Governor Jerry Brown signed legislation this past Friday that marks California’s first regulation for hydraulic fracturing.
The bill, which is most likely the toughest regulation yet for fracking, requires oil drillers to disclose the chemicals used and acquire permits before engaging in fracking. Other provisions of the legislation, which will take effect in January, call for oil companies to test groundwater, notify neighboring landowners before drilling, and to conduct a study about fracking’s impact on the environment by January 2015.
Although the bill was originally met with support from environmental groups, some of these groups have revoked their endorsements and now argue the regulation is not enough; whereas oil companies oppose it, claiming the bill will make it much harder to take full advantage of the oil from California’s southern San Joaquin Valley.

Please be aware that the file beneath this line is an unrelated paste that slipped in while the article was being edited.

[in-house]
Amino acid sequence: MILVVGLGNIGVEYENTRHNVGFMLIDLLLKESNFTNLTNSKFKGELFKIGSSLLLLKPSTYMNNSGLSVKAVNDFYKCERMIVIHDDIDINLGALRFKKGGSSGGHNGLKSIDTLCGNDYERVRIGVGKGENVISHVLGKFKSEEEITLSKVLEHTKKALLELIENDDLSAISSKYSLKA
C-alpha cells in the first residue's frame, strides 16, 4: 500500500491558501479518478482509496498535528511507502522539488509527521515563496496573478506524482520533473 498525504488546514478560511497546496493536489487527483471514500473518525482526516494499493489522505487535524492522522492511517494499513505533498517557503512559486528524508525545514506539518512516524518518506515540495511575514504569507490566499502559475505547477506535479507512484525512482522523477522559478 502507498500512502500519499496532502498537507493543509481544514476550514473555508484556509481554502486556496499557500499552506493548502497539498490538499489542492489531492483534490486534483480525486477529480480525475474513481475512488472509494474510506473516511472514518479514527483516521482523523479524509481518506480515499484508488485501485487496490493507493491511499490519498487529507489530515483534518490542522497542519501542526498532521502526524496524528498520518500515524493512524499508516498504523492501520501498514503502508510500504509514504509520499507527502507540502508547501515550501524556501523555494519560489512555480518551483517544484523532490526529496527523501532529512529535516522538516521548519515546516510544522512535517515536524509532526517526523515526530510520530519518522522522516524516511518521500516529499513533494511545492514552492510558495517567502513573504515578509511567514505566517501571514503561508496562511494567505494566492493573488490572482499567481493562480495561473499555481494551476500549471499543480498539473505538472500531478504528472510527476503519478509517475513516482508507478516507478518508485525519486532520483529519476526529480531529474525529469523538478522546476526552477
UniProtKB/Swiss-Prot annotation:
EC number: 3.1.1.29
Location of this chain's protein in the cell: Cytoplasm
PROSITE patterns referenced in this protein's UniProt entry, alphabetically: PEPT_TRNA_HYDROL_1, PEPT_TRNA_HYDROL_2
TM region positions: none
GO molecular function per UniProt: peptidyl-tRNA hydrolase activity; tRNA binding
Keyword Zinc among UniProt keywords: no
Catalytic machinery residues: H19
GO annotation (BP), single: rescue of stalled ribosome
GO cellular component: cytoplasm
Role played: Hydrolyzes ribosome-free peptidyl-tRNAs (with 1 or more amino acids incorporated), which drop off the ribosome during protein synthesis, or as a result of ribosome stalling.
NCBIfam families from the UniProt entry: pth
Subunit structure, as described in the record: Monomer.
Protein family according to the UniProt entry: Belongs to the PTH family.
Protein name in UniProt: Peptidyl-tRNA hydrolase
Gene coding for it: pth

Gov. Brown has said the bill “establishes strong environmental protections and transparency requirements.” However, he also plans to explore further changes next year to clarify the new requirements.
Before this legislation, SB4, California did not have regulations for fracking. The new bill will undoubtedly require a great deal more reporting and permitting for the oil and gas industry. For companies engaging in hydraulic fracturing in California, the time is now to prepare for this new bill by organizing their information and automating reporting to ensure that regulations are met while their operational costs are lowered.